Barbara Kopple’s 1976 documentary “Harlan County USA” directly inspired this Showtime film depicting a Kentucky coal-miner’s wife who gets involved in a strike that turns violent. Fine performances from the leads and some gracefully understated storytelling from director Tony Bill make this a quality telepic, but it still never comes close to its source material in terms of insight, imagery or sheer dramatic power.
Kopple recently took Showtime to task for not making a more significant change to the title, and her point is a fair one, given that the screenplay from Peter Silverman creates purely fictional protagonists even while placing them in the context of true events. In “Harlan County War,” Holly Hunter plays Ruby Kincaid, whose husband Silas (Ted Levine) is so fed up with the dangerous conditions of the mines that he is helping to organize a union.
Stellan Skarsgard plays Warren Jakopovich, a representative of the United Mine Workers who convinces the miners to strike, and also demonstrates to the skeptical Ruby that the union is actually on the side of working families.
Ruby gradually becomes more involved in the strike, especially when some skirmishes at the picket line lead to a court order that severely limits the activities of union members.
Recognizing that the strike is worthless without a sizable picketing presence, Ruby gets the miners’ wives to man the front lines, since officially they don’t belong to the union and therefore aren’t covered in the injunction.
When she and her kids are arrested for lying down in the streets to block scab workers from reaching the mines, Ruby lets Jakopovich use the scene at the jailhouse to draw media attention, which angers Silas.
Kopple’s Oscar-winning film stood out for its focus on the role women played in the Brookside strike, and the telepic asks some interesting questions about how the involvement of the wives may have affected their marriages.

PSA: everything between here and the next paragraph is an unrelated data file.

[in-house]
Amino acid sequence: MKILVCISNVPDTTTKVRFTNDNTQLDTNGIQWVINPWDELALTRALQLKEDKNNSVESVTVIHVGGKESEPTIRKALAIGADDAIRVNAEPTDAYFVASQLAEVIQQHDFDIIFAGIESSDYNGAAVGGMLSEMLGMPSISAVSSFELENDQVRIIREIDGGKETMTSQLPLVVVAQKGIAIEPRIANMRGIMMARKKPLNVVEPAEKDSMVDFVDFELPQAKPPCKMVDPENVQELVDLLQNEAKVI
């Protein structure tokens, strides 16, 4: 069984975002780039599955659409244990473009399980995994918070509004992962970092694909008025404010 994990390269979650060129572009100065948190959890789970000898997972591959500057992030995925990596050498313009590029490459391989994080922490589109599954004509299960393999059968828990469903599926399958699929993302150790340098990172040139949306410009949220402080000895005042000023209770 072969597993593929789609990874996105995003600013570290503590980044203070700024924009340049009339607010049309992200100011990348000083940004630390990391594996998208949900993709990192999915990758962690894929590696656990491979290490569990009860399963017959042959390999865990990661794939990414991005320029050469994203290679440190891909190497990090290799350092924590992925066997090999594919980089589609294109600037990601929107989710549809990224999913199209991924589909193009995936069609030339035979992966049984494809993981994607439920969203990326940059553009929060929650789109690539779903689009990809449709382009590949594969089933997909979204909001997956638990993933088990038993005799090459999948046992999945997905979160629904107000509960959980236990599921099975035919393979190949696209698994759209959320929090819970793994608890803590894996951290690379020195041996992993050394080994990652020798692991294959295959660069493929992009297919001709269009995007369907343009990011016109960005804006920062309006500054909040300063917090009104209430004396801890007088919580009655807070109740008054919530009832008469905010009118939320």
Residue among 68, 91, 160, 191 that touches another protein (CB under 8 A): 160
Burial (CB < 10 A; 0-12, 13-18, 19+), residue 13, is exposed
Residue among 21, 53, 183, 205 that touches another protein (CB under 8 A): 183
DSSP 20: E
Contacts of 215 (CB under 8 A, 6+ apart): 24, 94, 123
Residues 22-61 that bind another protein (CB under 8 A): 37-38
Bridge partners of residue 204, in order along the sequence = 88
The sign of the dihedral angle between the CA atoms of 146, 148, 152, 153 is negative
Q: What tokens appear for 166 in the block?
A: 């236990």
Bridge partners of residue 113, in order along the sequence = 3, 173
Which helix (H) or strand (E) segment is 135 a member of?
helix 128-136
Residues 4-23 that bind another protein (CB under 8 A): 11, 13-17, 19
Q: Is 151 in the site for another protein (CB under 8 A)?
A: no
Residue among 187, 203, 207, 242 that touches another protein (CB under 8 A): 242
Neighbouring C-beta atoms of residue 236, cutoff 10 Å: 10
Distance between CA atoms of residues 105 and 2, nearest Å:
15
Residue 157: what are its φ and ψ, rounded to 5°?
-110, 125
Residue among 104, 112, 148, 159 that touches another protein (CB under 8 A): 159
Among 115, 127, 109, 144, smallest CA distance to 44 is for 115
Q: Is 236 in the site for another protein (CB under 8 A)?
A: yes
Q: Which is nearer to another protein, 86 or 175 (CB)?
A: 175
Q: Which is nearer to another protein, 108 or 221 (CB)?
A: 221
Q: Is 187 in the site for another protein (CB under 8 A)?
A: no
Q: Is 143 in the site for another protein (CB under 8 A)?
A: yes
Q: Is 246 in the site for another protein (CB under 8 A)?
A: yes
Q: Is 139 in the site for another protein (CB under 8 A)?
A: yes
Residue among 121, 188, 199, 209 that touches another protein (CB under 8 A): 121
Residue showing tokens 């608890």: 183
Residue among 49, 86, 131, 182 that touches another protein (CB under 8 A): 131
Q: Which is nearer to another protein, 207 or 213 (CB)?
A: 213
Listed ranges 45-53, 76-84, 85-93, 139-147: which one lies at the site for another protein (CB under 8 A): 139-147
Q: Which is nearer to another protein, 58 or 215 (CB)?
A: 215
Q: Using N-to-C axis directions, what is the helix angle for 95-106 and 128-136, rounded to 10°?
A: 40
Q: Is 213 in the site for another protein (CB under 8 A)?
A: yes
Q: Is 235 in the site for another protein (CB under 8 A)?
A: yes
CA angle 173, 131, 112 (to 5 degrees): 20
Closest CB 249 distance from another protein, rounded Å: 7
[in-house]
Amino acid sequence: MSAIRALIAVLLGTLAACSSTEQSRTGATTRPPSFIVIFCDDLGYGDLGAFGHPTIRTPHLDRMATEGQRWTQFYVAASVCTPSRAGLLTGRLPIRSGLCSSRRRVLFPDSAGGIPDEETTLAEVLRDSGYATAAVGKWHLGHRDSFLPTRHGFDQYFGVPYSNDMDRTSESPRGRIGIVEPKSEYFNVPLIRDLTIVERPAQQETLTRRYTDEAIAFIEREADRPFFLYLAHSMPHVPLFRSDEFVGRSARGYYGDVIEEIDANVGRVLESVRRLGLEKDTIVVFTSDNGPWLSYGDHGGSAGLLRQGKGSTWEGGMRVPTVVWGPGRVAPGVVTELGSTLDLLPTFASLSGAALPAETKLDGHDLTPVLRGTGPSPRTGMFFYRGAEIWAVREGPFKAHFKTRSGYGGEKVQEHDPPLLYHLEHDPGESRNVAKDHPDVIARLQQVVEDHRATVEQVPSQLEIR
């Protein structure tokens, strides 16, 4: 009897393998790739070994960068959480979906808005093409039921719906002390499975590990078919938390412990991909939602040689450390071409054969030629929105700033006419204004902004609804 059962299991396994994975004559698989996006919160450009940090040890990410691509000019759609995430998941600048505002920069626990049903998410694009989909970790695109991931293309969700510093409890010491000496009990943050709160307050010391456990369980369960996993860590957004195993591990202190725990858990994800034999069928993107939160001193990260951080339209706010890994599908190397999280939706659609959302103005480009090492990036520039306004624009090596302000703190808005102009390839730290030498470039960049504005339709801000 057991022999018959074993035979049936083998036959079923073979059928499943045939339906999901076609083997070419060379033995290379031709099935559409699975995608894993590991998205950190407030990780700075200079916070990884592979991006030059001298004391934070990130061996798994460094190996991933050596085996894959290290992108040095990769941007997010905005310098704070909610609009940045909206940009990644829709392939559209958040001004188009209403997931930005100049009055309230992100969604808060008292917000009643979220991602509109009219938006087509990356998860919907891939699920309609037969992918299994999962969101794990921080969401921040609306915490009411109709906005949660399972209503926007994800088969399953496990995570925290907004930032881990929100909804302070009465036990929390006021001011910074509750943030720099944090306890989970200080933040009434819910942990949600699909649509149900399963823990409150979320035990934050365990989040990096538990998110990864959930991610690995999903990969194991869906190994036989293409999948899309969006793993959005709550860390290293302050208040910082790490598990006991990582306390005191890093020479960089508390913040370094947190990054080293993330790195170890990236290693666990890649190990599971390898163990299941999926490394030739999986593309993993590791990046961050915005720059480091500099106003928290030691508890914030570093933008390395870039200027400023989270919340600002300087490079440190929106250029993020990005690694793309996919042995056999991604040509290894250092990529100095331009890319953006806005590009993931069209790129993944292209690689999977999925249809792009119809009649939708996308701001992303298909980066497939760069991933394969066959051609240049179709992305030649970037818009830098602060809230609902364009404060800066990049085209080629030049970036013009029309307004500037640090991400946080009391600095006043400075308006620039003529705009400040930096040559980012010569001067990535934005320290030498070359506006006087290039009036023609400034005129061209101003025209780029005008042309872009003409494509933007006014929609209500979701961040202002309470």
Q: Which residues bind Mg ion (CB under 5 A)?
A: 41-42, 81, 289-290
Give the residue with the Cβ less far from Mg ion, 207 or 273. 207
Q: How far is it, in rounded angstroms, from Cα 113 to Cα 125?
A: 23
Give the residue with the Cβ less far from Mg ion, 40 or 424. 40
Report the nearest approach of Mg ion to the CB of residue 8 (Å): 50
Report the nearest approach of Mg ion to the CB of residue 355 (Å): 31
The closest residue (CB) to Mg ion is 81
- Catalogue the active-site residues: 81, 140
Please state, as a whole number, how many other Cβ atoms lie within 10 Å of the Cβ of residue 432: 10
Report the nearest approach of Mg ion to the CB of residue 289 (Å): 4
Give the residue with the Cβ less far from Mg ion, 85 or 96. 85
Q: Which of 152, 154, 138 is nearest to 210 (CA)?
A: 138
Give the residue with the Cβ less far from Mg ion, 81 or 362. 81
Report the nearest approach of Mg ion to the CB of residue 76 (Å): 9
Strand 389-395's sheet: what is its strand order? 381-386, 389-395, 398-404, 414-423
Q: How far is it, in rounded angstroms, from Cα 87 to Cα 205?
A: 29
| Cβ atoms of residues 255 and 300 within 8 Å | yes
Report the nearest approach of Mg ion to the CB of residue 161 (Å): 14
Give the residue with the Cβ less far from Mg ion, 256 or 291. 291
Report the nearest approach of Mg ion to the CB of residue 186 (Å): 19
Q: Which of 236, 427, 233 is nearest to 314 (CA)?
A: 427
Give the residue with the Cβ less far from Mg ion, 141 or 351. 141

The strongest scenes in “Harlan County War” involve Silas, who’s proud of his wife at first, but feels more and more emasculated as time goes on. Levine gives an extremely compassionate, well-rounded performance.
Hunter is excellent as well, capturing the deeply felt pain that spurs the resilient Ruby to action, especially in scenes where she nurses her father Tug (Wayne Robson), who suffers from black lung disease.
Downplaying the sentimentality, Hunter communicates enormous inner strength, and carries the pic through some unsubtle scenes. She and Skarsgard have a nice chemistry, and Silverman and Bill smartly leave a lot unsaid between them.
But the strength of the performances can’t fully compensate for structural flaws and squandered dramatic opportunities. By turning Ruby into the undisputed leader of the efforts, the film transforms a community struggle into one of individual achievement.
There’s nothing wrong with focusing on the personal side of a political story, but here the elements concerning family and friendship seem smoothed over and stripped of drama.
The women in “Harlan County USA” were ready to tear each other to pieces at times as the tension built, but none of the women here ever challenge Ruby. Even more oddly, Ruby has a brother Floyd (Tom Barnett) who becomes a scab, but Ruby and Floyd don’t even have a scene together.
Ultimately, there’s a vague feeling hanging over “Harlan County War,” which builds up to a violent climax without ever feeling suspenseful. Pic is a thoroughly respectable effort, and tech credits are very strong, but unlike Kopple’s docu, this version never catches the intensity of the larger story it’s telling, and even the fictionalized personal narrative feels like it’s holding something back.